‘There are certain moonlit nights,
spent at the open-air summer cinemas
Nights that pass and will not come again
With honeysuckle and jasmine’
There is no better evocation of the magic of the summer cinemas of Athens than the lyrics of Loukianos Kilaidonis (a popular singer of the 70s and 80s). It’s true that, lovely and cool, these humble institutions are oases in the big city crush, offering an unrivaled summer treat that surpasses the usual movie-going experience.
Every neighbourhood in Athens has a cinema for its movie fans, whether for students in rebellious Exarchia, the once chic Kolonaki Square or the Plaka quarter favoured by tourists. Atop a building in Plaka such as the Cine Paris or the in Cine Thision on the Apostolou Pavlou pedestrian street under the breathtaking floodlit Acropolis, in cool gardens like the Cine Aigli in the Zappeion and Cine Dexameni in Kolonaki, they have fortunately managed to survive amid the urban sprawl although the plot may unwind alongside mini dramas from daily life spilling out from the adjacent flats…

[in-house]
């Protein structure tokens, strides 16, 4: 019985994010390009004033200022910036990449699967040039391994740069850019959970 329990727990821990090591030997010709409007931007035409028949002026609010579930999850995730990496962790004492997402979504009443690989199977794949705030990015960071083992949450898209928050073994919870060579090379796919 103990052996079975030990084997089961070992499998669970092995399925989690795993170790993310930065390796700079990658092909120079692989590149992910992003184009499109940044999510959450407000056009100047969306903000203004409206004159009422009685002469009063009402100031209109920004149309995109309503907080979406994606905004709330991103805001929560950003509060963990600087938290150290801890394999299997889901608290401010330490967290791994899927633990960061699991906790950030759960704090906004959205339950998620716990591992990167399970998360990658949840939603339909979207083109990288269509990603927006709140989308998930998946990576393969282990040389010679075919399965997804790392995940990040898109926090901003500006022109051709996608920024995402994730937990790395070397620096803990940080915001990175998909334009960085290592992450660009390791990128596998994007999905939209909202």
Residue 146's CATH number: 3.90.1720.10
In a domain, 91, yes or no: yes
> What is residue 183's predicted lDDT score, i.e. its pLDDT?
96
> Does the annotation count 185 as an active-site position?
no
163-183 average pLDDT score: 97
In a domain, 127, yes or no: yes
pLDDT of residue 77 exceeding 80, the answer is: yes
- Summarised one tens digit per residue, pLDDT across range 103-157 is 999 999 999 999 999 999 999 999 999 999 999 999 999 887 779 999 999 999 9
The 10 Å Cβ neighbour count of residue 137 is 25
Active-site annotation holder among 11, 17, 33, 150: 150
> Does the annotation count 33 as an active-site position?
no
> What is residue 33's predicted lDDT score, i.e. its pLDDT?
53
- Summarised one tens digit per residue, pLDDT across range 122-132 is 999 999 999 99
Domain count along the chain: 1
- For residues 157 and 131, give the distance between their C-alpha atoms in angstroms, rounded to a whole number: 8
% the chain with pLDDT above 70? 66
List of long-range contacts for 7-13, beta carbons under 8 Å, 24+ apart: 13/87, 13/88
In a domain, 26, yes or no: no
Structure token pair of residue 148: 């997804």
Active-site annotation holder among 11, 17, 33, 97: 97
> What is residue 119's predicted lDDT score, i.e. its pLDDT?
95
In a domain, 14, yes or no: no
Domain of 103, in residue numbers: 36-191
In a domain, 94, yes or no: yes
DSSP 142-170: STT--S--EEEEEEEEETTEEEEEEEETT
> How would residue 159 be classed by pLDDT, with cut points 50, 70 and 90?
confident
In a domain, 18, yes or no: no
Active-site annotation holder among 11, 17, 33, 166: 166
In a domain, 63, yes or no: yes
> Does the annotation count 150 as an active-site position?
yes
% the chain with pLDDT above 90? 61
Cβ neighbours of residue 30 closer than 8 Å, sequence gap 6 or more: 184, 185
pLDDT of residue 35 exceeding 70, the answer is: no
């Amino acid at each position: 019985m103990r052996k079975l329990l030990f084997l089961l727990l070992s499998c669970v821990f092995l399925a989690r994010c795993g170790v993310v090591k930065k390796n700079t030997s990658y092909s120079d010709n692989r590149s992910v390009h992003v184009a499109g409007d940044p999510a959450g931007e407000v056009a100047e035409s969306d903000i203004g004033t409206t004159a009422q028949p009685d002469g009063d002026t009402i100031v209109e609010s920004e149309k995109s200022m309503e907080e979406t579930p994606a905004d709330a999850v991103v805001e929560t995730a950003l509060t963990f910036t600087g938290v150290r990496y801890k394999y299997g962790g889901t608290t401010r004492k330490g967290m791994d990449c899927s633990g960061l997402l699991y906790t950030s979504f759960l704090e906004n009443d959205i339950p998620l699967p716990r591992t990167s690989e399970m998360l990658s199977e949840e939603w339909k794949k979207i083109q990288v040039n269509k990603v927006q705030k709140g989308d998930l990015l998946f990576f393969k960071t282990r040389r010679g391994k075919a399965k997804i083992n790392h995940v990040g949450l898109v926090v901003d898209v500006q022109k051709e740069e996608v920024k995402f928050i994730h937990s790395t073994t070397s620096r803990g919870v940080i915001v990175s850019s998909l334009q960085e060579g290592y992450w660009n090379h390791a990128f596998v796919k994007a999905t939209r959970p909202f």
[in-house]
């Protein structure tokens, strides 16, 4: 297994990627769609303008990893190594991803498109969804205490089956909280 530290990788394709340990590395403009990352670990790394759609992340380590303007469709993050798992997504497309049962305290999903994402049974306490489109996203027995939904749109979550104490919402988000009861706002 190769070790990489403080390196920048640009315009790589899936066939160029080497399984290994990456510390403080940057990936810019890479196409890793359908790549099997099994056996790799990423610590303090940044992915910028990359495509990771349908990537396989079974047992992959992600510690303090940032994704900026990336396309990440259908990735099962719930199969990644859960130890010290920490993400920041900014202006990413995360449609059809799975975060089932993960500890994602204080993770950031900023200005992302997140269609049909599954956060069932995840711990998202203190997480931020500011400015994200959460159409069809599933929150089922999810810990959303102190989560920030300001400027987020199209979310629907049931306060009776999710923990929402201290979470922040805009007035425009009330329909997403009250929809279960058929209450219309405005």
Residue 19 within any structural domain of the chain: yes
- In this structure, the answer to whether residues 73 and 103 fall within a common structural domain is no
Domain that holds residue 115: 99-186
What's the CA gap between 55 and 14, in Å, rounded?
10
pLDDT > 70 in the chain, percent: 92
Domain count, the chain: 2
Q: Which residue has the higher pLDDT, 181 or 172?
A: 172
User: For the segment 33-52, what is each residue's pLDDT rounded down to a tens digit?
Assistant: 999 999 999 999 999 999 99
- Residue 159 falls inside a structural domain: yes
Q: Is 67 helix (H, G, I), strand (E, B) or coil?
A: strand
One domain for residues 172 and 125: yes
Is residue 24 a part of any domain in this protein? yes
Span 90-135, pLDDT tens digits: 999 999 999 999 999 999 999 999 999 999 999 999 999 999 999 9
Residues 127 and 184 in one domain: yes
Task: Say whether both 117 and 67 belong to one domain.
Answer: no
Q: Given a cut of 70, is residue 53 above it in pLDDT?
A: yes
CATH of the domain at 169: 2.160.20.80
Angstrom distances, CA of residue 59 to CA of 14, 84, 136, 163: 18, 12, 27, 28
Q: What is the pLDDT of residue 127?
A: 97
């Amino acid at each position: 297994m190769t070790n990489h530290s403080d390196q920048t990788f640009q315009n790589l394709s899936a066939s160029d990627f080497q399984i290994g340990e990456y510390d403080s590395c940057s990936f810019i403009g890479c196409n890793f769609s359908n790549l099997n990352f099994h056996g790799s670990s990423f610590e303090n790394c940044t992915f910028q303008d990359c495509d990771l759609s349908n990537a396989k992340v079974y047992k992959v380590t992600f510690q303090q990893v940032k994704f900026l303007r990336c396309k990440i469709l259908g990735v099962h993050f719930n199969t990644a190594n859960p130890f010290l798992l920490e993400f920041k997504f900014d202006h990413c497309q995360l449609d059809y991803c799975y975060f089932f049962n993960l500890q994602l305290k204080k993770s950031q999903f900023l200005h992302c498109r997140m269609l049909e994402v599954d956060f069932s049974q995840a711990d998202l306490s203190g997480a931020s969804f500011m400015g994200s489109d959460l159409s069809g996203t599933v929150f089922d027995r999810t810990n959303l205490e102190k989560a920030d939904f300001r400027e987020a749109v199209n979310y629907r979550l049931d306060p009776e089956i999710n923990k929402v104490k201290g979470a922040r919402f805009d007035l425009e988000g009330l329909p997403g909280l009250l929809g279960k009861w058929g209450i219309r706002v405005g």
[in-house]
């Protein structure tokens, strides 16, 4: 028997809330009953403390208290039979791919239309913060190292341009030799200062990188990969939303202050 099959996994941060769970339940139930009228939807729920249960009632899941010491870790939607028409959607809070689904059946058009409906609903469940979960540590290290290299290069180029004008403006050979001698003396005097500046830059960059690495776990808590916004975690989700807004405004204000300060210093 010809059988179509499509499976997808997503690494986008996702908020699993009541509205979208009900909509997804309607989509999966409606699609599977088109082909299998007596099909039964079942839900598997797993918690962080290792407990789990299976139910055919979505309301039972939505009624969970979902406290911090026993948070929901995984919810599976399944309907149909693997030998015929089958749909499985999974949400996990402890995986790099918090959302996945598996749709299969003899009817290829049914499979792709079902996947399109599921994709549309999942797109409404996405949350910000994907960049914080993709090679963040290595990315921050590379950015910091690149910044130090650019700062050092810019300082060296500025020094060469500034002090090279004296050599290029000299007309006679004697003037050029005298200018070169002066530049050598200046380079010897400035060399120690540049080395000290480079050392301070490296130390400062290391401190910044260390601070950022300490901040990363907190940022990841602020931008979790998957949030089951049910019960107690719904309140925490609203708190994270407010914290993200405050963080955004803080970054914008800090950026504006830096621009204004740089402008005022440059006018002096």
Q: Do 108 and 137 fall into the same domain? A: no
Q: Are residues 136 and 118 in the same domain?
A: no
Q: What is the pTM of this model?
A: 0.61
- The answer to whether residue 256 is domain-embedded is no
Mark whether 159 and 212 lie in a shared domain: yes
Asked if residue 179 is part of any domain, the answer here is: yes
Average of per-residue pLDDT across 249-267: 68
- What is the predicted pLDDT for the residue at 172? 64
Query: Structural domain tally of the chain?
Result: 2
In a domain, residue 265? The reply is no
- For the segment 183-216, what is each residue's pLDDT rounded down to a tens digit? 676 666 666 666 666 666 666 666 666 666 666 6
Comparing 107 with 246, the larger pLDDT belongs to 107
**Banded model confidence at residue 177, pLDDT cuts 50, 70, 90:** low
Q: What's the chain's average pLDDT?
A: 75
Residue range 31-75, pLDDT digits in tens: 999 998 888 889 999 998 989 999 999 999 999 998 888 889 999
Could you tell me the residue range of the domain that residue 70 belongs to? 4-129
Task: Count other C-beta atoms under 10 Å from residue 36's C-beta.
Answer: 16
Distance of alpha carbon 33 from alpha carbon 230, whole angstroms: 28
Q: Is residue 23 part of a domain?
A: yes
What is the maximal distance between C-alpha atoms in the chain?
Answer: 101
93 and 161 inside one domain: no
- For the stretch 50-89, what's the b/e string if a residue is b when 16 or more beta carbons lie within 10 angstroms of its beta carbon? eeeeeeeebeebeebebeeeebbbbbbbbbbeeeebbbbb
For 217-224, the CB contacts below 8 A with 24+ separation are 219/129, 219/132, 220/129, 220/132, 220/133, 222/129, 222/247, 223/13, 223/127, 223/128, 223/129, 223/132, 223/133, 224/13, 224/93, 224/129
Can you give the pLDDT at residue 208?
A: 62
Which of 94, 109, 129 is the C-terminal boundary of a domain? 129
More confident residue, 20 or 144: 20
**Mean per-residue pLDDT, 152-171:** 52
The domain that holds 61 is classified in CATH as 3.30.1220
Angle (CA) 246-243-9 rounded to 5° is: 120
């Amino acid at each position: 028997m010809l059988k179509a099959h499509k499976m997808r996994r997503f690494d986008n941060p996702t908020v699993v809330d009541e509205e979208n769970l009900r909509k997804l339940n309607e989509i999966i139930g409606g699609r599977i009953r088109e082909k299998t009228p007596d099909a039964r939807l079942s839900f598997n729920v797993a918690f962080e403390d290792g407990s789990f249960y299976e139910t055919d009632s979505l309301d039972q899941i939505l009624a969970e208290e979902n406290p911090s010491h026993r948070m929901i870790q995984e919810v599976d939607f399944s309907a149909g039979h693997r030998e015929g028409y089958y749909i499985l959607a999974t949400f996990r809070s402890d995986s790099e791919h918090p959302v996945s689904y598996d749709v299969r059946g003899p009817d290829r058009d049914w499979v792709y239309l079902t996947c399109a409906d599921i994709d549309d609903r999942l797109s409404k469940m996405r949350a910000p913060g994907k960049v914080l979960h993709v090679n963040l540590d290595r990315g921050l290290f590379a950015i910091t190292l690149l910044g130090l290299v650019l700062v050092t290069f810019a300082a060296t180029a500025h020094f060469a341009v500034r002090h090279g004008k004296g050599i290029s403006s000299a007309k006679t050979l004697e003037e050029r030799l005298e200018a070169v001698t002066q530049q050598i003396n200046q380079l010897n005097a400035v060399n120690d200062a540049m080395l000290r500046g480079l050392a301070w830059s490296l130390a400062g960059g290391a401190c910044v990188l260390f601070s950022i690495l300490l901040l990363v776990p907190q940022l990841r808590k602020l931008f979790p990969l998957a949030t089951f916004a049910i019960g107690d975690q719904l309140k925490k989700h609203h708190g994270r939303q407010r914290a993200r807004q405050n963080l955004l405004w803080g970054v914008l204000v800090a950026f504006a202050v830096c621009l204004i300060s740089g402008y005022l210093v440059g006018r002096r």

The films, commercial, comic, first runs or a classic film noir, retrospectives dedicated to masters like Fellini and Hitchcock or even Tarkovski and Bogart fans who want to see Casablanca for the tenth time and cry when Rick says ‘Play it again, Sam’.
For a number of reasons summer neighbourhood movies are a particular treat for Greeks. For one thing, they can smoke! And in the intervals the cafeteria serves cold beers and snacks. Long gone are the days of half a century ago when street vendors caroled ‘pistachios, nougat, peanuts, passatempos (pumpkin seeds) to pass the time.’
The bill of fare of today’s summer cinemas has been modernized, and not surprisingly many little tables have taken the place of movie-goers’ seats for the refreshment of a group of friends. Each cinema has the usual as well as its special snacks: freshly baked cheese pies, pizzas, hotdogs, nachos, sandwiches, grilled cheese and more. Beer and soft drinks as well as freshly home-made sour cherry juice are complemented by raki, whisky, vodka and cocktails, while for dessert there are ice creams and water-ices.
Going to the movies costs no more than 15 Euro, 8 for the ticket and about as much for a snack. And should that not suffice, one can hop out to a nearby souvlaki stall to buy a favourite kebab with trimmings. An evening outing to the movies is available to all, to those who can’t go on holiday, the visiting tourist, the couple in love, a bunch of friends, and, of course, those irredeemably addicted to film viewing. Not to mention the lonely for whom the summer cinemas are an occasion to meet friends or an opportunity to make new ones.